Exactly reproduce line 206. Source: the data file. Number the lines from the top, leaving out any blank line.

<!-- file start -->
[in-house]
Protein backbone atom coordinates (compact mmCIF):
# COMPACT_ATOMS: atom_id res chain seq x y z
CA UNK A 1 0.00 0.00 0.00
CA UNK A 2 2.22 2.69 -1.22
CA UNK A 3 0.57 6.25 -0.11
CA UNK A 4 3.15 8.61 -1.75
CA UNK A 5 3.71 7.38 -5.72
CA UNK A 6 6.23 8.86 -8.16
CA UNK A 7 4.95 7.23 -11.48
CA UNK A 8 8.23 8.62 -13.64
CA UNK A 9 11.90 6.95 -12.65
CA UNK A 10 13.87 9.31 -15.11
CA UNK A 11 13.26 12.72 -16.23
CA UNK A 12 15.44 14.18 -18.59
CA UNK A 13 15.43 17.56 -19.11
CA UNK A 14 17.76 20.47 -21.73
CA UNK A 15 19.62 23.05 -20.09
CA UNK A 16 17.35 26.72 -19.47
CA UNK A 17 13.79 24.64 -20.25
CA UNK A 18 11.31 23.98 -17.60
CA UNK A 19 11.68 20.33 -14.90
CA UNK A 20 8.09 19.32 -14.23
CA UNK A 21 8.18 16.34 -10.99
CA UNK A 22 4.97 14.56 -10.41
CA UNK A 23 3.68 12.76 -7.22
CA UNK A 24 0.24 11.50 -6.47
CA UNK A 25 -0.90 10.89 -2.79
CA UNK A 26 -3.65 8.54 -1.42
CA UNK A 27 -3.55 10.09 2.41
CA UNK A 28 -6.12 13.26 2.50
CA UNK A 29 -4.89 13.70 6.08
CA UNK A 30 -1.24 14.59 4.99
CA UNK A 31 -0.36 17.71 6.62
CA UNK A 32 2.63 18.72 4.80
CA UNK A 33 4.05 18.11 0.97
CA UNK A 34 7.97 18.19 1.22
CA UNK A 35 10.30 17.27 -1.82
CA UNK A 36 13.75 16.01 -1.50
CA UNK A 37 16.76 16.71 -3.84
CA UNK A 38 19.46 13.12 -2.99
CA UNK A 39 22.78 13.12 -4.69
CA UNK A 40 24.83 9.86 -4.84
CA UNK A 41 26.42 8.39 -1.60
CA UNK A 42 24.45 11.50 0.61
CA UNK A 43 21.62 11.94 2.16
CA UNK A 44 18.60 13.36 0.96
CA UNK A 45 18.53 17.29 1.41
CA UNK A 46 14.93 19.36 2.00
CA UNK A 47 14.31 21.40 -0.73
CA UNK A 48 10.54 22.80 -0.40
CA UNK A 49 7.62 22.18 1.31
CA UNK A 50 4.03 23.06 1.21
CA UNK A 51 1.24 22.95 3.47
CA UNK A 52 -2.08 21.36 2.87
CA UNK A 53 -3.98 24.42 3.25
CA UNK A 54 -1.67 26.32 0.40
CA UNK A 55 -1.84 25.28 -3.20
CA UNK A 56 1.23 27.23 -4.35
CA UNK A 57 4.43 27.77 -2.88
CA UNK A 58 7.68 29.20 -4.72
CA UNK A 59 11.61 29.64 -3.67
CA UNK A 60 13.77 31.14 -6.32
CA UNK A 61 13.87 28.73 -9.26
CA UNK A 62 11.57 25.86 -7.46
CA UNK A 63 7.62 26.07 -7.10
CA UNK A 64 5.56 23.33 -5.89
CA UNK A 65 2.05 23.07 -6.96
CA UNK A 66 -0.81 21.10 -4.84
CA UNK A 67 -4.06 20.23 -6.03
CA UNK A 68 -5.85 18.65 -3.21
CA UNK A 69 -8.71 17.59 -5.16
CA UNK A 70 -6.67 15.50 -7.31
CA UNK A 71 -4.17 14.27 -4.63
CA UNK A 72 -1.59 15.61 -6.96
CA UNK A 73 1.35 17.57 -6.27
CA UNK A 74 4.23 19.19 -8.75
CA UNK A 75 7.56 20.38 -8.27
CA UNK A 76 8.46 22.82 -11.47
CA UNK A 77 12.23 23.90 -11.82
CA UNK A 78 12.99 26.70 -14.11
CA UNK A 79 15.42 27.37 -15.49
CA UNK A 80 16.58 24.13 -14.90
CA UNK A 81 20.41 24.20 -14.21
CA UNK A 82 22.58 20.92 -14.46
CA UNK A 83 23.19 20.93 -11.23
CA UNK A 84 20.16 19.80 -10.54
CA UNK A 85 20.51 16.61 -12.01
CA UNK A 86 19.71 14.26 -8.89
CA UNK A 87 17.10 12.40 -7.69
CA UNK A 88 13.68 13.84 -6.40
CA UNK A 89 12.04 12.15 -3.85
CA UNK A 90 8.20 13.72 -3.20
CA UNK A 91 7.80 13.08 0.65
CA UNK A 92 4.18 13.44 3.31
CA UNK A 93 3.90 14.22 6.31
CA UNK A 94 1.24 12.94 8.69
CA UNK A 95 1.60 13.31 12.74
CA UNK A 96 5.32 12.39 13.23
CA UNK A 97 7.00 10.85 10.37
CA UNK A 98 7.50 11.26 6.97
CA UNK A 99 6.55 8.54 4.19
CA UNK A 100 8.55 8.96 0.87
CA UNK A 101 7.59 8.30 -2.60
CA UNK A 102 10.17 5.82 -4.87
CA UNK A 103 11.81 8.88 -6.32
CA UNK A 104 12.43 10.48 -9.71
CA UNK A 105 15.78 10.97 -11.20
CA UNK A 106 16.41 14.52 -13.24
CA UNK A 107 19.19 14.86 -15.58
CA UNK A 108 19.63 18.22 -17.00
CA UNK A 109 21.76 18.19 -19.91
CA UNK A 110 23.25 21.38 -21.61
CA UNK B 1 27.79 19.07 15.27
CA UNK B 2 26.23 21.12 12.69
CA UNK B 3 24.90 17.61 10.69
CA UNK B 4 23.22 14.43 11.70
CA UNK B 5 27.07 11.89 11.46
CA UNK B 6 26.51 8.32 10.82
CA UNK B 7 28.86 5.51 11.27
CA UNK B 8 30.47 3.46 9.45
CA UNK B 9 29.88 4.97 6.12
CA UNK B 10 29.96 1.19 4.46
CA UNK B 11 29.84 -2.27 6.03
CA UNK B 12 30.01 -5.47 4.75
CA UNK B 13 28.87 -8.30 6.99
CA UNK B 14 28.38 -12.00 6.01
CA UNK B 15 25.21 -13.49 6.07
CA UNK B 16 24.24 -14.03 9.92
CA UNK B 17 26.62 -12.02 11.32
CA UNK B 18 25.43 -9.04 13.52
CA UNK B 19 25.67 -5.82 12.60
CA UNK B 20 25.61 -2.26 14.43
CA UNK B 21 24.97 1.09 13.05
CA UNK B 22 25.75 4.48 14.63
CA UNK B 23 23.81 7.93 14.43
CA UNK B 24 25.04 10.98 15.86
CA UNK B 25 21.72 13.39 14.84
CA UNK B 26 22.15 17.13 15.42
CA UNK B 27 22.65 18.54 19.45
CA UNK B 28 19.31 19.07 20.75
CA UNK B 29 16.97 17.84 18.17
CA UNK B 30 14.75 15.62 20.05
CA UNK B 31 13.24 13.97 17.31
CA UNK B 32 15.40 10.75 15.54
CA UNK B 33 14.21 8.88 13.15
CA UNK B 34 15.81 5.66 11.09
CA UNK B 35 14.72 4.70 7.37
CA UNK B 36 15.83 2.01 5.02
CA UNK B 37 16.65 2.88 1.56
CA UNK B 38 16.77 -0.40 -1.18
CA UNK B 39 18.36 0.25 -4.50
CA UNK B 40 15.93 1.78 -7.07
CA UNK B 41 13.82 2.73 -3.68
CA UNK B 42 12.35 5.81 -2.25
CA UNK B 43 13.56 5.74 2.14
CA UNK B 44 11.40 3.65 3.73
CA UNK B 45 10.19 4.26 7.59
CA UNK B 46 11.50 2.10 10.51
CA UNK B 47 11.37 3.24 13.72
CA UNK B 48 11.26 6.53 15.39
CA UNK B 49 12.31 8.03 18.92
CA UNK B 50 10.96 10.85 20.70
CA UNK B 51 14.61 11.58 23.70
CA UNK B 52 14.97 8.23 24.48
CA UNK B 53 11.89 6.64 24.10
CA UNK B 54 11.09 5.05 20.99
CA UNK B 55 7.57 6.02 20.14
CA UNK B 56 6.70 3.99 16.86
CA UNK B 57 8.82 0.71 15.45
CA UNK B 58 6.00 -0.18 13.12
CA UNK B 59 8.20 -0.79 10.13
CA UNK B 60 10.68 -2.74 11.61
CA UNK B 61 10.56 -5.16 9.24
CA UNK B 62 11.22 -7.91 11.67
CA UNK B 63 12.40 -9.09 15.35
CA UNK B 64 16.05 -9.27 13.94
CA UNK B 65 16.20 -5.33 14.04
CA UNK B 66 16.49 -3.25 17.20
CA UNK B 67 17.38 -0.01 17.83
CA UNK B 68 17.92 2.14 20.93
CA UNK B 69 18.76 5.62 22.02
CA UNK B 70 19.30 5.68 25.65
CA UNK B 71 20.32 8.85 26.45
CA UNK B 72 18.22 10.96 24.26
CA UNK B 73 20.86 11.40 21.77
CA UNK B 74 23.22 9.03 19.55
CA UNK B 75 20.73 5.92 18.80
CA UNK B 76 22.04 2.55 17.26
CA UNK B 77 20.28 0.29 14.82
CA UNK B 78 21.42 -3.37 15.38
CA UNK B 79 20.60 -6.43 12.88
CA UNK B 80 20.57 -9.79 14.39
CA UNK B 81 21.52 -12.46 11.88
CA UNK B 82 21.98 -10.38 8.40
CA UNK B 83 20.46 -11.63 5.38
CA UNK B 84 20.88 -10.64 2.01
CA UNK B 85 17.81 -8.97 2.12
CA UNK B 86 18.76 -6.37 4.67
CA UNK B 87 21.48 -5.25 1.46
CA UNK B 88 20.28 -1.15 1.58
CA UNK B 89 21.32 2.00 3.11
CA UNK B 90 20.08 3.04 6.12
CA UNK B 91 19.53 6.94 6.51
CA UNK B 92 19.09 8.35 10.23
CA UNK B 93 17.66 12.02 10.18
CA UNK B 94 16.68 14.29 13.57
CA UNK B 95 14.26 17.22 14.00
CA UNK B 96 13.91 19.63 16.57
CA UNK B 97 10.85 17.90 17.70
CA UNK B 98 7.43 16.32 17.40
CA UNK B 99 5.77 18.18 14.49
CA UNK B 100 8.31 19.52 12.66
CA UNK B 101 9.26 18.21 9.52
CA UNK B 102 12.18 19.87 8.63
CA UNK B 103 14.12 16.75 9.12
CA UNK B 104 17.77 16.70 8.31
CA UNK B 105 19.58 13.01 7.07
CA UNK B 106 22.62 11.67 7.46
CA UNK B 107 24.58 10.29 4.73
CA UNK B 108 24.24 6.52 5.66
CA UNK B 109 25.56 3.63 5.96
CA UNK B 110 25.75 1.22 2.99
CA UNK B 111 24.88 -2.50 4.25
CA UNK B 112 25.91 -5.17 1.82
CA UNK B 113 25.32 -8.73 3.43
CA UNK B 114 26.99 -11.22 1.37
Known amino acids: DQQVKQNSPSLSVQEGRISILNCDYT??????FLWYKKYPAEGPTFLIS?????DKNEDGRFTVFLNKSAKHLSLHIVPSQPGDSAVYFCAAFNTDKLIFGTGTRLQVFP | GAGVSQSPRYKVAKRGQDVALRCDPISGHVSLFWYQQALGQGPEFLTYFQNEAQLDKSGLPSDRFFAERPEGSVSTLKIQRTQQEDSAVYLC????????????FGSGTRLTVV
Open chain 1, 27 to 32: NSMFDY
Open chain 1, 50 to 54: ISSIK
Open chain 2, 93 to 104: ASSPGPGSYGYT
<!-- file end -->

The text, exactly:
CA UNK B 93 17.66 12.02 10.18